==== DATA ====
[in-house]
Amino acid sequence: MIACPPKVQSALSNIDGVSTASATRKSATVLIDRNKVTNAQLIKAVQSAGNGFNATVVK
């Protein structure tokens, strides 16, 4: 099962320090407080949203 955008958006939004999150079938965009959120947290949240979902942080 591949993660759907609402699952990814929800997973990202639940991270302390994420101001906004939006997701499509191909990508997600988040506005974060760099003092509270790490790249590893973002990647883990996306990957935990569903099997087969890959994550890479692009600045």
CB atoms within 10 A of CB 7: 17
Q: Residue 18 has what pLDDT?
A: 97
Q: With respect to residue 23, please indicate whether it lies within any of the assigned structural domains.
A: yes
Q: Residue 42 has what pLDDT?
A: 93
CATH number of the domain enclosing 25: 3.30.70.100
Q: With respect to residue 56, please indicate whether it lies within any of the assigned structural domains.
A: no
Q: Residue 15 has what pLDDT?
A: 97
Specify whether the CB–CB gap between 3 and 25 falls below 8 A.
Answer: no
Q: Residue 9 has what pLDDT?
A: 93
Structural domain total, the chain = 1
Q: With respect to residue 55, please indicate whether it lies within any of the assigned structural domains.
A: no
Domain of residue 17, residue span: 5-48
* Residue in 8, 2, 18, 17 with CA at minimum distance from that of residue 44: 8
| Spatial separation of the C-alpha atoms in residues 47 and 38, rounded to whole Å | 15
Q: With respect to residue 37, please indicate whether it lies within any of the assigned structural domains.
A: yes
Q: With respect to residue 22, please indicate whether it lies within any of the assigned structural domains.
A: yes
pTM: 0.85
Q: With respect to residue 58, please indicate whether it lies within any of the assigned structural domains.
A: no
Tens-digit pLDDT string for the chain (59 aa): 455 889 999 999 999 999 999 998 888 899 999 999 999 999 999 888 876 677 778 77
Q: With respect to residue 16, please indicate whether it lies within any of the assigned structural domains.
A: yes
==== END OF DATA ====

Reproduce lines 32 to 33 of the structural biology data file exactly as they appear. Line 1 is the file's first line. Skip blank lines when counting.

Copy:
A: no
Tens-digit pLDDT string for the chain (59 aa): 455 889 999 999 999 999 999 998 888 899 999 999 999 999 999 888 876 677 778 77